It was ten years ago today — March 19, 2003 — that US forces entered Iraq:
“My fellow citizens,” George W. Bush said in a televised address, “at this hour American and coalition forces are in the early stages of military operations to disarm Iraq, to free its people, and to defend the world from grave danger.”
Yes. You know the rest.
In an article in this week’s The National, Saul Austerlitz observes that there are “Plenty of factual books on the invasion of Iraq, but surprisingly few novels.” Factual, of course, with a grain of salt.
And yet in the last 10 years, there have been novels; some hasty (such as Inaam Kachachi’s The American Granddaughter), some more well-developed.
There are a number of recent Iraqi novels that have not yet been translated, such as Muhsin al-Ramli’s The President’s Gardens, Abdul Hadi Sadoun’s The Diary of Iraqi Dog, Sinan Antoon’s Ave Maria (all 2012). But there are already a number of works, brought into English or soon to be in English, that respond to post-2003 Iraq.
(1) Ali Badr’s The Tobacco Keeper (trans. Amira Nowaira). This book ranges over the past 50 years, and is centered in the past, but begins in the post-2003 world of destruction and destruction-themed journalism, grappling with both.
(2) The collection Al-Mutanabbi Street Starts Here (ed. Beau Beausoleil and Deema Shaabi, trans. various). Some of the poems and essays here predate 2003, but many engage with the 2007 bombing of al-Mutanabbi Street, written by poets from the US, UK, Iraq, Palestine, and elsewhere. Not every poem sings, but a great deal of beautiful, important work here.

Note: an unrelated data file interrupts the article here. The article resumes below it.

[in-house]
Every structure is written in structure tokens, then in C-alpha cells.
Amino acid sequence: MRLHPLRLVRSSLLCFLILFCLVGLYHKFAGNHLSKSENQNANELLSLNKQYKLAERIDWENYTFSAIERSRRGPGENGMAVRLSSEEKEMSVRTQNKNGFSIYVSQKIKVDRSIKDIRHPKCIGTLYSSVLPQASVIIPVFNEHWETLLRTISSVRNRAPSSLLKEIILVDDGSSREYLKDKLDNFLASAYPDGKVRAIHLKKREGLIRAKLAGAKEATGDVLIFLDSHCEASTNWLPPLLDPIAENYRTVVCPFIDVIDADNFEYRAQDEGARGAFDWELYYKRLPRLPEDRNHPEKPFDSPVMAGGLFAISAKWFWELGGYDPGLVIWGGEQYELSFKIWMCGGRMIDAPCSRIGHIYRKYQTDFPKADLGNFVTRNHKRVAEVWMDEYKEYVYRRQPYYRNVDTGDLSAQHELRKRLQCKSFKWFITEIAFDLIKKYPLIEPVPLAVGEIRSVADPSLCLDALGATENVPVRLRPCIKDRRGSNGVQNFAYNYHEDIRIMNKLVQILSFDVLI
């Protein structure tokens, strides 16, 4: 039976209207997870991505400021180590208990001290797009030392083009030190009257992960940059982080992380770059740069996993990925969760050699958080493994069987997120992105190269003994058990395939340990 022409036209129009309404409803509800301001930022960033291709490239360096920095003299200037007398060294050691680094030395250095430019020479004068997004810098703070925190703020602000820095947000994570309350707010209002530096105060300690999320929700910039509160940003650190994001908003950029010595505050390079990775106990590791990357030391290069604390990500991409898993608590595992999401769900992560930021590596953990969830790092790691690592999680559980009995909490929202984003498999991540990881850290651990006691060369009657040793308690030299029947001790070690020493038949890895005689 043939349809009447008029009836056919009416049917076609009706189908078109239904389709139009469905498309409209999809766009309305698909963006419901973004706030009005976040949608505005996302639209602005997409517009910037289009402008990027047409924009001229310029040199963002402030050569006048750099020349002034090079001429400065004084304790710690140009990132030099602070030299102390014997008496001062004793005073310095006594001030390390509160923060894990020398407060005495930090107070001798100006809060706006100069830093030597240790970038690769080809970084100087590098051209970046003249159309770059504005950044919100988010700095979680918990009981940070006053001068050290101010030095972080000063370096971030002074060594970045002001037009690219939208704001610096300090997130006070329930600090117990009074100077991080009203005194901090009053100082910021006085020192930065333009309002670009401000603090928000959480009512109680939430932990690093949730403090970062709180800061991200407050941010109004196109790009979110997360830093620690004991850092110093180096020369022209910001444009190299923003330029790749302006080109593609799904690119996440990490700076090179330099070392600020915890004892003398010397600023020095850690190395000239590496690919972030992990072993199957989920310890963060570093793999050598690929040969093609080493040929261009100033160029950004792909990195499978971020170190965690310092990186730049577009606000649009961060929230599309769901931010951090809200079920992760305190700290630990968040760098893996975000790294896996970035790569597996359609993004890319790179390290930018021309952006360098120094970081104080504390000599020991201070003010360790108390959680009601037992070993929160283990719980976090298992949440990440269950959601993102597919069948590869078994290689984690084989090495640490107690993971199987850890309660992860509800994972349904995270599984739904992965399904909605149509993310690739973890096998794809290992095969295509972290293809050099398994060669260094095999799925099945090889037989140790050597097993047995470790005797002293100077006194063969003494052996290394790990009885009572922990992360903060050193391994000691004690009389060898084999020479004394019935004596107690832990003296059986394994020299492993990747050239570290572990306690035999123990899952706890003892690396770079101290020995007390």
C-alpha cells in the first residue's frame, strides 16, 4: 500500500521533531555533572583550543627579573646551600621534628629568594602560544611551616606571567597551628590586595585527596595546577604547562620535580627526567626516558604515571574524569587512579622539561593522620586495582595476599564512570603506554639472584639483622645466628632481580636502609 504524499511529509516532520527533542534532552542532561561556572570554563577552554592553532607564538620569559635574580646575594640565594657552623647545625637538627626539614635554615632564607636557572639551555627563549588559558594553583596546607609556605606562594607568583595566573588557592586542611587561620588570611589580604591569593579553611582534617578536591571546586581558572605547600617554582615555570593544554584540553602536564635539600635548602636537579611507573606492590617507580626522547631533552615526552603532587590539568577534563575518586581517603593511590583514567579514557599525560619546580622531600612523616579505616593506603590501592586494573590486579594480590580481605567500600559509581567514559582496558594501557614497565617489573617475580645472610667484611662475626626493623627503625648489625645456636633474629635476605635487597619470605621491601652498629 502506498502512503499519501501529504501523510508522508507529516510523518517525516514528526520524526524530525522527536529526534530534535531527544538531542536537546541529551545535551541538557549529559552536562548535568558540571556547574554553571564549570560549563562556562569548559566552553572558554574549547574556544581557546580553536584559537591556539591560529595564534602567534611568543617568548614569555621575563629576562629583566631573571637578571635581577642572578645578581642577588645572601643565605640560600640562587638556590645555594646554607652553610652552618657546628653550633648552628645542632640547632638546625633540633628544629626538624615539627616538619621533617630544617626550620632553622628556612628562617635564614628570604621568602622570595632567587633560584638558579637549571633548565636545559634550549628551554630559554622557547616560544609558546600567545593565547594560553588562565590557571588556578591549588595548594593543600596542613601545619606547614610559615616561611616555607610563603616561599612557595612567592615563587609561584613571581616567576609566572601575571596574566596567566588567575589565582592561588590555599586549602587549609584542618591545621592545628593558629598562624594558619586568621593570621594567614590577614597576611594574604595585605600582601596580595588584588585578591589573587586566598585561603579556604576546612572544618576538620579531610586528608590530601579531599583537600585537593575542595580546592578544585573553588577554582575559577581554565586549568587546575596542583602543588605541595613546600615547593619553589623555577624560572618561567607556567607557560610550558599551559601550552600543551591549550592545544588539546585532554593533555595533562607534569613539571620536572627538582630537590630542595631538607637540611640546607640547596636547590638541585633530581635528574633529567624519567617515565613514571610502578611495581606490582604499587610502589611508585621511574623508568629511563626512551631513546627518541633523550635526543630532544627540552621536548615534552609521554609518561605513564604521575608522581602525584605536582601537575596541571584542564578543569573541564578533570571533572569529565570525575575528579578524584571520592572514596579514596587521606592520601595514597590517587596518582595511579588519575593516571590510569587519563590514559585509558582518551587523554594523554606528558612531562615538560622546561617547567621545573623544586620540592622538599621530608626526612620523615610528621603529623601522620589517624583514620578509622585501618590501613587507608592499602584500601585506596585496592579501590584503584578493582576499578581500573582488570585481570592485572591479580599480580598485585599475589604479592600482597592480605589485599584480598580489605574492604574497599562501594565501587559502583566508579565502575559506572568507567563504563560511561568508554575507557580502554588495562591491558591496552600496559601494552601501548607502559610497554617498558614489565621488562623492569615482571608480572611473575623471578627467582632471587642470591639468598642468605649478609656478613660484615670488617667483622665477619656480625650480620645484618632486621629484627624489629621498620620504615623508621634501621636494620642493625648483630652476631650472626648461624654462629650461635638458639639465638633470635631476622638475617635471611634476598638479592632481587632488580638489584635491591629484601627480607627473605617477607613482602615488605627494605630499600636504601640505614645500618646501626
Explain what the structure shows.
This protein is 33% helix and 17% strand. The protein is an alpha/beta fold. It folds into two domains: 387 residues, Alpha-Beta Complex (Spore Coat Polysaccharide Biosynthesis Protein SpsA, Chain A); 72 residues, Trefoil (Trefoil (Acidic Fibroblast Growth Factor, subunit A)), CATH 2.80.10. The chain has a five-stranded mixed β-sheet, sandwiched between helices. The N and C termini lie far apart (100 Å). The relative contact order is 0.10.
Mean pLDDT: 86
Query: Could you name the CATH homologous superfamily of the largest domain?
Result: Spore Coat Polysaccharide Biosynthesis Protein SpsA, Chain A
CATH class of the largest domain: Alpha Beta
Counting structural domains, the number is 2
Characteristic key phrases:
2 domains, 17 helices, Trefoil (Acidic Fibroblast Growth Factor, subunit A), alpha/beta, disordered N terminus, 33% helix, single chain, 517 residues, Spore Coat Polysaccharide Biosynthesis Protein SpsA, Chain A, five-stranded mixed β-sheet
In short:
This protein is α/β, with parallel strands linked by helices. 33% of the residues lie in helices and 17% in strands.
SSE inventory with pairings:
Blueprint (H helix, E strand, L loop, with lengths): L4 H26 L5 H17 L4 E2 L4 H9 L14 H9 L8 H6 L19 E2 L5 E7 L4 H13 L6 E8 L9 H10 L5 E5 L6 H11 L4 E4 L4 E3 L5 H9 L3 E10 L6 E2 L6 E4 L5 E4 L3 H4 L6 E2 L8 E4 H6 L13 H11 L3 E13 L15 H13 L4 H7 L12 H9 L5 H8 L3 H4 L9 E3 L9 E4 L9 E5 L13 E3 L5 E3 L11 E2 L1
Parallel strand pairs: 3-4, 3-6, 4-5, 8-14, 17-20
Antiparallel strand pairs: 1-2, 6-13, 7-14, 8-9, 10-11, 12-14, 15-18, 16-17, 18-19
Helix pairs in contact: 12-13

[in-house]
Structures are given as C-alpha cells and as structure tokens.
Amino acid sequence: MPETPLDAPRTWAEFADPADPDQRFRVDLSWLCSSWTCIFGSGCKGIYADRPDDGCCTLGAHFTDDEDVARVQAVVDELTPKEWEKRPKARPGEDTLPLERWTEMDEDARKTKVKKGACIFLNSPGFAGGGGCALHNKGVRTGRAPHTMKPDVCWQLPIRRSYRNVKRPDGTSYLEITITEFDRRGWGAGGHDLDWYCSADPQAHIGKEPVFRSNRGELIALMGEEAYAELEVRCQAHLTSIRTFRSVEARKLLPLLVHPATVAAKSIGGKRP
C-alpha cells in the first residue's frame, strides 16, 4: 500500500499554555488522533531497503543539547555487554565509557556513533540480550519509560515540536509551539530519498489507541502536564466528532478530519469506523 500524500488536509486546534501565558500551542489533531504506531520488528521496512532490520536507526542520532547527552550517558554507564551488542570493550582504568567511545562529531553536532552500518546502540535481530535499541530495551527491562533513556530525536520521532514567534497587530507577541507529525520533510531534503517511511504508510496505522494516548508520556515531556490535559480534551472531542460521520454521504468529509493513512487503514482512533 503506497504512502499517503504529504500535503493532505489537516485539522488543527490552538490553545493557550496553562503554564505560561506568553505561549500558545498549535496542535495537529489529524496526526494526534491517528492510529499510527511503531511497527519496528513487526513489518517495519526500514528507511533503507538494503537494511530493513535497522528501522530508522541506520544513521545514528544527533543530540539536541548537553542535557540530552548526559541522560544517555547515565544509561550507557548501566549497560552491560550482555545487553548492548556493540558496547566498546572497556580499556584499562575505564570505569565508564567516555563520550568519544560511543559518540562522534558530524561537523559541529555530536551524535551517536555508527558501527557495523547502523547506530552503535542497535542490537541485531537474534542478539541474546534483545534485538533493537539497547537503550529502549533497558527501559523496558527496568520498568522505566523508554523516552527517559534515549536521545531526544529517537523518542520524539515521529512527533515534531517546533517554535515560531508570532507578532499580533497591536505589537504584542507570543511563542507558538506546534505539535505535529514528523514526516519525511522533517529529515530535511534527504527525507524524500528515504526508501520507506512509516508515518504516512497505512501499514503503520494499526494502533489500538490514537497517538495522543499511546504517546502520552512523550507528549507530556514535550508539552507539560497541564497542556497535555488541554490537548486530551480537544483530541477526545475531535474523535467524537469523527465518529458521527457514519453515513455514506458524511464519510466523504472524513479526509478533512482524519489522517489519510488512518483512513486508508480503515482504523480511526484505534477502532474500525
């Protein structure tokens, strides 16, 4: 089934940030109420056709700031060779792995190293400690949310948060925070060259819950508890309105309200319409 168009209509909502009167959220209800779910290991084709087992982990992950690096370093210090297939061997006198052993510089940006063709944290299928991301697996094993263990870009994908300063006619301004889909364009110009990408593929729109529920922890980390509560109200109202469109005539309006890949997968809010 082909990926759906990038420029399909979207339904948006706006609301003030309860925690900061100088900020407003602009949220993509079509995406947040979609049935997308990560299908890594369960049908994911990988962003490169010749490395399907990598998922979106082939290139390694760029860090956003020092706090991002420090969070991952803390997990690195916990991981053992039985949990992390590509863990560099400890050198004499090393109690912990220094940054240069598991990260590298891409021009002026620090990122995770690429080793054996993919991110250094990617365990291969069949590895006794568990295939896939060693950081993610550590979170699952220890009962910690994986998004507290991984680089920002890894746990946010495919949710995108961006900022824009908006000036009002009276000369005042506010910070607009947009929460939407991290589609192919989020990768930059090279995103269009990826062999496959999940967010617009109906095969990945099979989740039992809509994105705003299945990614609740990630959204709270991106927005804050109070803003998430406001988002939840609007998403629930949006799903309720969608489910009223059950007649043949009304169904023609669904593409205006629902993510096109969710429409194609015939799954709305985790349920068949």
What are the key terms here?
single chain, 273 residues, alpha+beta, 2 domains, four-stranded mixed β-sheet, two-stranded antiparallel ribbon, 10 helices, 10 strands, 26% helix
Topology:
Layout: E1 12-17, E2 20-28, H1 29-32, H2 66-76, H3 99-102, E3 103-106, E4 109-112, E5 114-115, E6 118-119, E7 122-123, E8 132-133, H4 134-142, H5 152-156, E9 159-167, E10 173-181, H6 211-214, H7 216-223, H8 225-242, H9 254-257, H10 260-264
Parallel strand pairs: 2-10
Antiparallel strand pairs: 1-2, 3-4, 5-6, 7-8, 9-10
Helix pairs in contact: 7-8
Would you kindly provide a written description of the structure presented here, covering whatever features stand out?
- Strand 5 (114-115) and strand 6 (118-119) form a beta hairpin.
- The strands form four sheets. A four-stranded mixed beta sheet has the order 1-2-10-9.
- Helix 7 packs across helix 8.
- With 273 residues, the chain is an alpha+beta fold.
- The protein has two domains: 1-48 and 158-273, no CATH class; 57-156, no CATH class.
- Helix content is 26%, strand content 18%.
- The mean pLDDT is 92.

(3) Sinan Antoon’s The Corpse Washer (trans. Sinan Antoon, forthcoming summer 2013) and his Ave Maria (forthcoming 2014/2015?).
(4) Amal al-Jubouri’s Hagar Before the Occupation, Hagar After the Occupation, trans. Rebecca Gayle Howell. This collection pairs moments, places, and objects in Iraq with their state “before” and “after” the occupation. (Q&A with the translator.)
(5) Saadi Youssef’s Nostalgia, My Enemy (trans. Sinan Antoon and Peter Money). Most of the poems here are post-2003. Not all address Iraq, but they are all worth an afternoon, an evening, a cup of tea, a read and re-read.
(6) Hassan Blasim’s The Iraqi Christ (trans. Jonathan Wright). This is a collection of stories about the perils of storytelling, while also being about Iraq. In the opening work, “The Song of Goats,” hundreds line up outside a radio station for a chance to tell their personal horrors on-air.
(7) Dunya Mikhail’s The War Works Hard. The titular poem is here.
(9) Mahmoud Saeed’s short story “Lizards’ Colony,” published in World Literature Today, is a difficult but vivid read about torture and humanity.
(10) Perhaps one of the books I’m most looking forward to in 2014 is Comma Press’s Iraq 2103, ed. Hassan Blasim and Ra Page. These promise to be stories about Iraq set 100 years after the invasion. Each story will be set in a different Iraqi city, written by an author who is currently living in Iraq.
Also: Banipal 37 was dedicated to writing from Iraq. A number of the stories, novel excerpts, and poems were new. You can buy the magazine; you can also read a bit of work by poet Bassim al-Ansar online.